Image from tnews.tula.net

Tula’s Time At The Top

Barring catastrophic results against both champions Mordovia Saransk and struggling Dinamo St Petersburg in their final two games of the season, Arsenal Tula will be playing Premier League football next season.

Promotion, if and when it is achieved – Dmitri Alenichev’s side hold a five point lead over Torpedo Moscow with just six available – it will represent an incredible achievement from a club dragged back from the ashes just six years ago, and which has never before experienced top flight football in either the Soviet or Russian league systems.

The closest Arsenal ever got was in 1969 and 1998, at which point the provincial side achieved fifth place in the respective second tier. On a sporting level, Tula boasts little of note – its football team has never made waves, it boasts no professional ice hockey team of note, and indeed the only local legends in the sporting arena seem to be those involved in bare-knuckle boxing – and would easily be skirted over when looking at a map of Russia’s vast nation, yet its football team are about to completeĀ one of the country’s truly impressive journeys.

As with many clubs in Russia, the tale of Tula is one of emergence, mediocrity, financial meltdown, collapse and rebirth. Arsenal have been revived in a number of guises over the years, and have existed in their current form only since 2008. In 2012 in was decided to take the amateur club into the professional game, and with the help of a number of former Spartak Moscow heroes – including boss Alenichev and once-disgraced goalkeeper Alexander Filimonov, still playing at 40 – raced through the regional Second Division to take their place in the second tier.

At that point, however, many of the semi-retired Spartak old boys called it a day, leaving only the manager and the goalkeeper looking for redemption. It was to the surprise of the vast majority, therefore, when Arsenal burst into life at the dawn of the current season, winning eight of their first 10 games and drawing the other two, scoring almost at will – thrashing SKA-Energia Khabarovsk 5-1 and Shinnik Yaroslavl 4-0 – and appearing invincible.

However, in Russia few things remain simple, and all of a sudden their freescoring spree came to an end. From being unbeaten in 10, Alenichev’s side recorded just one win in their next eight matches, falling from their lofty perch, handing the league lead to a rampant Mordovia side which has yet to relinquish it, and running the risk of disappearing from even play-off contention. All things considered, even a midtable finish would have been a successful season for a club newly promoted into the league, but following their impressive start it would have been something of an anti-climax for all involved.

Instead, Alenichev moved to show why there are those in the Spartak crowd who would happily welcome him to their dugout following the departure of Valeri Karpin. Since the end of October, Arsenal have tasted defeat just three times in the league, and while Shinnik would gain revenge for their 4-0 thrashing with a 5-0 return, the club have continued to pick up results, a 1-0 win over rivals Torpedo and 3-2 victory at home to Spartak Nalchik putting them on the brink of making history.

To increase the appeal of the Tula fairytale, the side has made their serene progress without the wealth of a Sergei Galitsky at Krasnodar or the backing of an international energy giant such as Gazprom at Zenit. Mordovia, the champions, have benefited disproportionately from the World Cup bid and have little attraction for the outsider, but Arsenal have continued to make their own way in front of growing crowds – with an average of 10,700 fans they are far and away the best-supported side in the First Division – and have brought the fans back each week by attacking, relentlessly.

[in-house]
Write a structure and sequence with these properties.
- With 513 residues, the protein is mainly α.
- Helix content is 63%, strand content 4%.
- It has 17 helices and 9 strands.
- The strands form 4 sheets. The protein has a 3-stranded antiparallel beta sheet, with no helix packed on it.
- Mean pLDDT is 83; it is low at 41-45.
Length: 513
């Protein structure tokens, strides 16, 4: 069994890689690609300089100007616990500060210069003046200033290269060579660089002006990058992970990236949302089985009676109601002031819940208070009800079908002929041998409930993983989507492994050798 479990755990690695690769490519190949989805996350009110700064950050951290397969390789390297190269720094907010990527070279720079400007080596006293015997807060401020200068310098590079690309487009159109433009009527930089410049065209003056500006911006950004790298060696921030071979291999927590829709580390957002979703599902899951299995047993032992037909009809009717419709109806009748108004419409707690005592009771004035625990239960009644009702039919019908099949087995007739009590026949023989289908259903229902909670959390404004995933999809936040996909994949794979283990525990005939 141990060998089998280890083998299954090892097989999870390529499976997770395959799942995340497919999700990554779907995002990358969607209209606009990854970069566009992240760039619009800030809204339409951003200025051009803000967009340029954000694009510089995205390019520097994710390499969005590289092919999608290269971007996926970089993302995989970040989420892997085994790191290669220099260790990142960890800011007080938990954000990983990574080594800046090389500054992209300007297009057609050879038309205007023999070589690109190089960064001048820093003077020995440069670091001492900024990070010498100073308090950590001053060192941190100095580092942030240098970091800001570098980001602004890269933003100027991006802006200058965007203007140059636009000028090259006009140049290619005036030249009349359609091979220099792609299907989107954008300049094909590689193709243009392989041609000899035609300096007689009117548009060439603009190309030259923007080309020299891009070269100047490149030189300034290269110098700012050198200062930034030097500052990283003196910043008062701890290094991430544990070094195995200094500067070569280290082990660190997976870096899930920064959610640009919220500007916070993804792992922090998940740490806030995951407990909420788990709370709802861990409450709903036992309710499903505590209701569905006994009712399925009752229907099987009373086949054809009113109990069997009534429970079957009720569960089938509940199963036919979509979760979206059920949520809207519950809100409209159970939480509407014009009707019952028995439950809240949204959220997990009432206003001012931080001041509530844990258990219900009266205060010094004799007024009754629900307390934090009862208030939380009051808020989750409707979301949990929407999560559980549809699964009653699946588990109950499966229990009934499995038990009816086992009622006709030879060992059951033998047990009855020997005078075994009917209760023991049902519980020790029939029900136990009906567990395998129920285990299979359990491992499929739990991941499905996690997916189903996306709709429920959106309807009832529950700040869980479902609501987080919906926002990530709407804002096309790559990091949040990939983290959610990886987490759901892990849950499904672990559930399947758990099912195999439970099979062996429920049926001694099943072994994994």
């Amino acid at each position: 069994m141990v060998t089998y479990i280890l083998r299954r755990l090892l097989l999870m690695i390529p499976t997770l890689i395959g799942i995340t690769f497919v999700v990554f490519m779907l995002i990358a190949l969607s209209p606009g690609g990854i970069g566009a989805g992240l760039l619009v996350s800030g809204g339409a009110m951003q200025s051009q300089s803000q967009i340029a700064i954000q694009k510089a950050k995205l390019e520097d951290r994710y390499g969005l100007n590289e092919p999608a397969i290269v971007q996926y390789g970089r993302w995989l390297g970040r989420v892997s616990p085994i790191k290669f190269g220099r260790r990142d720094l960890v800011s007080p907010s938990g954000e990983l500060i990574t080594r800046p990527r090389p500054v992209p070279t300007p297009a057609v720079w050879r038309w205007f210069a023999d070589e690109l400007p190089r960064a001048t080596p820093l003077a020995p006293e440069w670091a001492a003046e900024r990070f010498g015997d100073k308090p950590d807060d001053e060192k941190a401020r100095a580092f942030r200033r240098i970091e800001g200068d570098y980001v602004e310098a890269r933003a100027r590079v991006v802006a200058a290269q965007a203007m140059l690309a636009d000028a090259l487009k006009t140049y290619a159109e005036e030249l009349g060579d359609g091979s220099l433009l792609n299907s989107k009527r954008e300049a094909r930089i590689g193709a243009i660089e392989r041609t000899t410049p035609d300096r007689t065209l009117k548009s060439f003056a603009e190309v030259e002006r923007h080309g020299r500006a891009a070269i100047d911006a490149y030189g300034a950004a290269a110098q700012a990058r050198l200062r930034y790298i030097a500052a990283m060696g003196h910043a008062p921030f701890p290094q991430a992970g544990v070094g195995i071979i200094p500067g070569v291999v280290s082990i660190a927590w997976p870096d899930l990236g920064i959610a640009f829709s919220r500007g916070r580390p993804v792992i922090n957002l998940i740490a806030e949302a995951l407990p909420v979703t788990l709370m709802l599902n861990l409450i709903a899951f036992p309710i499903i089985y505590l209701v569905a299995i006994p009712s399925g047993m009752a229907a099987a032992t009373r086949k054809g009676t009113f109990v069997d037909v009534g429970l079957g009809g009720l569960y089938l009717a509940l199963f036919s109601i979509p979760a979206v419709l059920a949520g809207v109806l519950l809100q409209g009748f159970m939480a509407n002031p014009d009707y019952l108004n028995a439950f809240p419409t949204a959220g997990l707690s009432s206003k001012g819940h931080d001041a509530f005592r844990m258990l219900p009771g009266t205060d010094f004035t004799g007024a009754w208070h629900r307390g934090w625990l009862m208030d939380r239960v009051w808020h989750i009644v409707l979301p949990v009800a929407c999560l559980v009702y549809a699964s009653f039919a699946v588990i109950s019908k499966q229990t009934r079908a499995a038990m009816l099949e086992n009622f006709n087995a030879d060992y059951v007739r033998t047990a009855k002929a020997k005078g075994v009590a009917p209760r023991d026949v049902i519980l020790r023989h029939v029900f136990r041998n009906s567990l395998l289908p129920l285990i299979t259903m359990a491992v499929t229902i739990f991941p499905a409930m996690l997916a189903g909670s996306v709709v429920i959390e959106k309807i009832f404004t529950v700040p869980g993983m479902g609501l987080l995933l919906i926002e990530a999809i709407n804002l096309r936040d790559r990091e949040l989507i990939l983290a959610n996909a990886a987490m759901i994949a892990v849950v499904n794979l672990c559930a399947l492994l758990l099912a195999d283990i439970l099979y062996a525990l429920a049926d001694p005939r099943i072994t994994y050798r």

A glance at the table shows that while their defence is not the greatest – conceding more goals than any other side in the top 12 – they have blasted their way to the brink of promotion, netting 61 times in their 34 games. Ignoring the six goals given to them as a result of technical victories, they have proved that, in a low-scoring league, attacking football can still pay dividends.

They have also achieved their goals without following the tried and tested policy of snapping up rejects from Premier League giants. Top scorer Andrei Kutin is not a Spartak cast-off but a veteran of the lower leagues, arriving after a prolific spell at Metallurg Lipetsk and a career which has also taken in Tyumen and FC Yelets. Diminutive midfielder Vladislav Ryzhkov did ply his trade for Spartak to 2010, but since then has turned out for Kuban, Volga, the defunct Zhemchuzhina Sochi, Sibir Novosibirsk and Shinnik before making way to Tula. Goalscoring full back Sergei Ignatiev, who has seven of his own this season, has spent most of his career in his native Chelyabinsk before signing via Tyumen, Sibir, Baltika Kaliningrad and Torpedo Vladimir. This is no team of elite youngsters accidentally turned away, it is a hardworking squad of journeymen coming together and achieving spectacularly.

Arsenal may not secure promotion against Mordovia on Sunday, with the champions continuing their strong form until the end of the season. However, with the odds very much in their favour, Arsenal will have the backing of the vast majority of neutrals – even more if their nearest rival were not a side as storied as Torpedo. The Moscow club will undoubtedly have their time with their new-found support, but for now, Arsenal will be the sidde looking to spring a surprise in the Premier League next season. They can only hope to make a better fist of things than Mordovia on their previous attempt.

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